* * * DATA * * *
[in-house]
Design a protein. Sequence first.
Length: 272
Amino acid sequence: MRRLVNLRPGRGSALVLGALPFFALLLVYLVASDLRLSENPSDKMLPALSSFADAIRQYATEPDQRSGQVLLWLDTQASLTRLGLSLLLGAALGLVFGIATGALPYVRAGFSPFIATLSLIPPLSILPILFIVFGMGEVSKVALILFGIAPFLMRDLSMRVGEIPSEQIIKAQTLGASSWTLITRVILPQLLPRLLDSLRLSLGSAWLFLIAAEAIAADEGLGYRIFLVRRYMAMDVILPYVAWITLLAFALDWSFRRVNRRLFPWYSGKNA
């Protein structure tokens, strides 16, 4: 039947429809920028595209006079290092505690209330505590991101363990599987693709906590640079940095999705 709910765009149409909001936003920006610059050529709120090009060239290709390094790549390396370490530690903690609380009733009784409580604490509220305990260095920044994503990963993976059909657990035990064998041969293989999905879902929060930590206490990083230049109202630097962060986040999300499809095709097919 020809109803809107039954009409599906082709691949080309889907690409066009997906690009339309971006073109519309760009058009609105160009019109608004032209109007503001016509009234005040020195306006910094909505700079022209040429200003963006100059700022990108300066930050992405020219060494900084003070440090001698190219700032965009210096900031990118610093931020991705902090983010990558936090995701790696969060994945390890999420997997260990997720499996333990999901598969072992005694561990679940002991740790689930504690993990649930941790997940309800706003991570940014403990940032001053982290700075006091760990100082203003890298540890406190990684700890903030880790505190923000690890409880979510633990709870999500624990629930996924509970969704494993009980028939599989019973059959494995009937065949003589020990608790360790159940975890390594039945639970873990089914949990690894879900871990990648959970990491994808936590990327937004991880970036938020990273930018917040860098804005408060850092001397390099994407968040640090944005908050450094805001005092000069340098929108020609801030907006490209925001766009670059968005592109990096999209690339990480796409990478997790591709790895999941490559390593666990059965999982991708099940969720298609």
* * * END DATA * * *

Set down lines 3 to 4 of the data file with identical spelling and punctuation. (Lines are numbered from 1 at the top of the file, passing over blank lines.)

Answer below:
Length: 272
Amino acid sequence: MRRLVNLRPGRGSALVLGALPFFALLLVYLVASDLRLSENPSDKMLPALSSFADAIRQYATEPDQRSGQVLLWLDTQASLTRLGLSLLLGAALGLVFGIATGALPYVRAGFSPFIATLSLIPPLSILPILFIVFGMGEVSKVALILFGIAPFLMRDLSMRVGEIPSEQIIKAQTLGASSWTLITRVILPQLLPRLLDSLRLSLGSAWLFLIAAEAIAADEGLGYRIFLVRRYMAMDVILPYVAWITLLAFALDWSFRRVNRRLFPWYSGKNA